Was there a moment when you realized something had to change?
Greg Remsburg: It came to a head in my early 30s that I was out of control and needed help. I hadn’t experienced any legal problems, but there were definitely days where I called in sick to work because of drinking and had to lie when they questioned me. The kicker was one particular night when I was about 31 or 32, where I blacked out and didn’t come home, which was the first time that had ever happened. I woke up on someone’s lawn in a strange place and knew this couldn’t continue.
I went to a local hospital, walked into the emergency room and said I needed help. They looked at me completely bewildered and were like, “For what?” They brought me into a room and this man dressed in scrubs came in while I was laying on the bed. He leaned up against the wall and just asked if everything was okay. It was totally shocking. To have someone who cared was the last thing I expected or deserved, but it meant so much. I just opened up to him about everything.
How did you go about stopping your drinking?
Greg Remsburg: I went to an outpatient program for 90 days that was sponsored by the hospital. The people who were there were had a variety of addictions—meth or cocaine or whatever else—and were often forced to be there by the law. It felt like I was in the wrong group, but just needed to go through this for my marriage and family. But when the counselor said to think about the similarities you have with everyone in the room and not the differences, it really stuck. There really wasn’t much difference between us, only the drugs of choice. I faithfully went to AA meetings for the next year after that and started to become more comfortable in my own skin.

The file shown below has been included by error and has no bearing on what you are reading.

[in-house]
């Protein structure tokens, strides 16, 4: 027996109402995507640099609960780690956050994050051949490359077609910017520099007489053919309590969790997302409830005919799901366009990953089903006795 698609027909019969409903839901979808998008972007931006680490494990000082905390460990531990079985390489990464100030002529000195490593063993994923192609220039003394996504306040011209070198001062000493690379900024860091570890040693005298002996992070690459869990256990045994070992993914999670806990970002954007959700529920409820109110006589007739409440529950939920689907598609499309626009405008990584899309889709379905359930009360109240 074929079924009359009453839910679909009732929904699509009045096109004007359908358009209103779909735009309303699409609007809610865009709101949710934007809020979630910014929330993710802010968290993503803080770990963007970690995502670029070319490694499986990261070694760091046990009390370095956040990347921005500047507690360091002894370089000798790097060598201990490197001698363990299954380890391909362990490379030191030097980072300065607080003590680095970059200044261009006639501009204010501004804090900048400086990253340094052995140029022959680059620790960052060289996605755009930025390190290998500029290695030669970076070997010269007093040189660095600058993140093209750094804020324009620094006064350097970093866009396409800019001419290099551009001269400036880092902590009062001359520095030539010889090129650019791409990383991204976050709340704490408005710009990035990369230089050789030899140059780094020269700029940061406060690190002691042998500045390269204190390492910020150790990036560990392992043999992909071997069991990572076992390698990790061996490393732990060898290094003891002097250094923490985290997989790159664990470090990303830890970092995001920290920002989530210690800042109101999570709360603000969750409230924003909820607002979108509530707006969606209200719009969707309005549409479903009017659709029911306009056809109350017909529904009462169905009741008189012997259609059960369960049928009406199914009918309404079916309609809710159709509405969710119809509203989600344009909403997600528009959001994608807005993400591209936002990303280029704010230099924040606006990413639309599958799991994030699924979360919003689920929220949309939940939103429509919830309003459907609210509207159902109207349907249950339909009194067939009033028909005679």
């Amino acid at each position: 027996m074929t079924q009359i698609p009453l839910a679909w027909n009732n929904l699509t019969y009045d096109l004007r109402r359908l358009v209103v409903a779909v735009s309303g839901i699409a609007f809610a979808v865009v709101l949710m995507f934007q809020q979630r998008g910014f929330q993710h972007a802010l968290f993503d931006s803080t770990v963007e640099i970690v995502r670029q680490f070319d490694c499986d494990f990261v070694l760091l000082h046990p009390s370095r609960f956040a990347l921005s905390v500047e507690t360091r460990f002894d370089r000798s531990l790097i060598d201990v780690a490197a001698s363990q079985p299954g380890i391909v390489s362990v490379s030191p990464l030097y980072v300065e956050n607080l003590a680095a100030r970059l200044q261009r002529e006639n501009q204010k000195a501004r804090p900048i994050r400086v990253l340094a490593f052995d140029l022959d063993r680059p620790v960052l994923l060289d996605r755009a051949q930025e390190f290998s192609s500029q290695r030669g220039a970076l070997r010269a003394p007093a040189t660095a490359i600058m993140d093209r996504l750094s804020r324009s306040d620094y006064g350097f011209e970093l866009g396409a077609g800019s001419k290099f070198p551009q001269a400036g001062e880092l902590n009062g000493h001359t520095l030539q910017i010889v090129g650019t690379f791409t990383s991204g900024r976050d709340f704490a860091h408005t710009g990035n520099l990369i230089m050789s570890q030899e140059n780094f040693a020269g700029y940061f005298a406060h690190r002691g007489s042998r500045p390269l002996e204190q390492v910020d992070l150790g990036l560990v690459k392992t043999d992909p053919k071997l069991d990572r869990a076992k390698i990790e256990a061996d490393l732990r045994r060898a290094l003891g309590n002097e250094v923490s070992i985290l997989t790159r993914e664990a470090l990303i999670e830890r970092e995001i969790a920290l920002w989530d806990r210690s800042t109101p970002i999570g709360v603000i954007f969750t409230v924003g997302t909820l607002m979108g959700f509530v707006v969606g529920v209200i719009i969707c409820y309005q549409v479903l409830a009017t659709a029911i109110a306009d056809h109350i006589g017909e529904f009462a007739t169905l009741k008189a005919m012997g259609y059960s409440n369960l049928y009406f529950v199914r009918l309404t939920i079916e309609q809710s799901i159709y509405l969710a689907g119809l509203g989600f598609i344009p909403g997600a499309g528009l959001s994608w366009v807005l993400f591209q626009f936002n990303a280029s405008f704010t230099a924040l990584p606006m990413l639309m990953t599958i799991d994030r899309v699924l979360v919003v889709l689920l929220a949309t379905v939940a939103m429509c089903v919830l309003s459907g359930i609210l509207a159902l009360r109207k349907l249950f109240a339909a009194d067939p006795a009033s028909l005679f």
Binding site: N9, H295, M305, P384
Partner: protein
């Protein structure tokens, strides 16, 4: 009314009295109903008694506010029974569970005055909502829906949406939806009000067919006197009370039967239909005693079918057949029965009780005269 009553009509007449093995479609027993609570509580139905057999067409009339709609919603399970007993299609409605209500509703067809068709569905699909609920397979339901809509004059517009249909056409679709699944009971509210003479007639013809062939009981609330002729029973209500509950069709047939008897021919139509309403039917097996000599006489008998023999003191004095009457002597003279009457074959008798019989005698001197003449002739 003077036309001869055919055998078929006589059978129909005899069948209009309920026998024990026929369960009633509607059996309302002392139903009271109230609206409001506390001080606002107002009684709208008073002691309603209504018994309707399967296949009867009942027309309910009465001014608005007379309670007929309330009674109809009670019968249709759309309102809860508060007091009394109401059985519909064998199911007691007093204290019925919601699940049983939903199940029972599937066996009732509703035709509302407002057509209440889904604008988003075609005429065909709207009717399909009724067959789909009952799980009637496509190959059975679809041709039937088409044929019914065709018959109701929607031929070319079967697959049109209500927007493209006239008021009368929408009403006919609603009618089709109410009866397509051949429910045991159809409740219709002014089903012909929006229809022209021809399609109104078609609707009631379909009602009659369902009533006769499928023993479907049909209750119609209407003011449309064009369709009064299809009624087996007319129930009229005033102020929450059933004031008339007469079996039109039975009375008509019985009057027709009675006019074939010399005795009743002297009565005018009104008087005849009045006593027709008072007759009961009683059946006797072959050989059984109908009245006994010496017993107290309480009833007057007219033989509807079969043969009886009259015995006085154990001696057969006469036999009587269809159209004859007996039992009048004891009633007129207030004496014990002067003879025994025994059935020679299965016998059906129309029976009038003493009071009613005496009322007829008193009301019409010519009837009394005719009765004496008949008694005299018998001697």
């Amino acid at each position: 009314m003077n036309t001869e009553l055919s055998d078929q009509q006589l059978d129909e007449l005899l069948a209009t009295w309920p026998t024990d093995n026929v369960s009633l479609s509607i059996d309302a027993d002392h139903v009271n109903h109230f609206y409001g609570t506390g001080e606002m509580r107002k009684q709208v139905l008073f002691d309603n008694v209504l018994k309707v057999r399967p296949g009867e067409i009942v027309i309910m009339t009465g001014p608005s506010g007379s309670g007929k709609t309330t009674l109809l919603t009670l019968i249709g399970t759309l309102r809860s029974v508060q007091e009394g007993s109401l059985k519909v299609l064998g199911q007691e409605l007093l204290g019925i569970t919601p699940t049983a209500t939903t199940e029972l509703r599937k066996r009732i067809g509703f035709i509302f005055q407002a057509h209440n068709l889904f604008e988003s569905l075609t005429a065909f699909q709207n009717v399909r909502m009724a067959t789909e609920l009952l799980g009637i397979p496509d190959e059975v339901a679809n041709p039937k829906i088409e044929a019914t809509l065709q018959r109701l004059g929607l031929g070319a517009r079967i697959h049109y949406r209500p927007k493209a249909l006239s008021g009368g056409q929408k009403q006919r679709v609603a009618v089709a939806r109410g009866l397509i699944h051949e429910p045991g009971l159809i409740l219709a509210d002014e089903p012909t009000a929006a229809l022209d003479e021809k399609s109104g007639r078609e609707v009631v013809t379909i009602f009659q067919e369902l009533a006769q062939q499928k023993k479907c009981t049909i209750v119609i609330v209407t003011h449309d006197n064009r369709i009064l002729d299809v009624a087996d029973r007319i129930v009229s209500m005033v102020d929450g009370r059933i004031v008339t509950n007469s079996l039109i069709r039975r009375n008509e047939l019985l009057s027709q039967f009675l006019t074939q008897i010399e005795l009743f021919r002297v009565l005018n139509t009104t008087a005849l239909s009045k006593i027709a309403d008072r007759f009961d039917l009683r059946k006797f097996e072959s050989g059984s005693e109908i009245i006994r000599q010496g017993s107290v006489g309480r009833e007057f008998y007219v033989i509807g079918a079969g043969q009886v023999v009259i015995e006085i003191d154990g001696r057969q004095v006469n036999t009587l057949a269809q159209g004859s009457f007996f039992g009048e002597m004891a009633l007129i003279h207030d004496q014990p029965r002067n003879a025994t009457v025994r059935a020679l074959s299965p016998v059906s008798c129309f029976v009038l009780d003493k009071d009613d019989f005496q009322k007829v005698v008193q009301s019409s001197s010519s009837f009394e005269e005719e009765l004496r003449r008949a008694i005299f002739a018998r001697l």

From what a lot of people know about how conflict-oriented reality TV is, it seems like it would be one of the most difficult places for someone in recovery to maintain sobriety. Were you ever tempted to drink?
Greg Remsburg: I’ve definitely had those moments. I’ve not been completely sober for these last 10 years and have had some slips. Currently, I’m six months sober. But the show or the cameras haven’t been a contributing factor. It’s just relationship issues with the other people working there and living in a man camp for six months at a time. When you’re in the bush, there’s no AA. I’m not surrounded by other people in recovery and that makes it tough. There are various excuses you make when you want to get away.
What are some the methods you’ve used to maintain your sobriety that other people might benefit from?
Greg Remsburg: Talking to other people has always been important to me. I’m a relationship-oriented person and have been pretty consistent about keeping people in my life that I can be honest and open with. And what I’ve also learned is that if I’m lost, God is always there and waiting for me to come back into the fold. Having grown up in the environment I did, I felt dirty and unlovable if I stumbled. I’ve learned that I don’t have to live with shame or guilt. The more open I’ve been with others about the struggles, the more that others can identify with me—which has been a huge help.
McCarton Ackerman is a freelance writer currently residing in Portland, Oregon. His work has appeared in Time Out New York, The Huffington Post, abcnews.com and usopen.org, among others. He has also written about Carré Otis and Celebrity Rehab, among many other topics, for The Fix.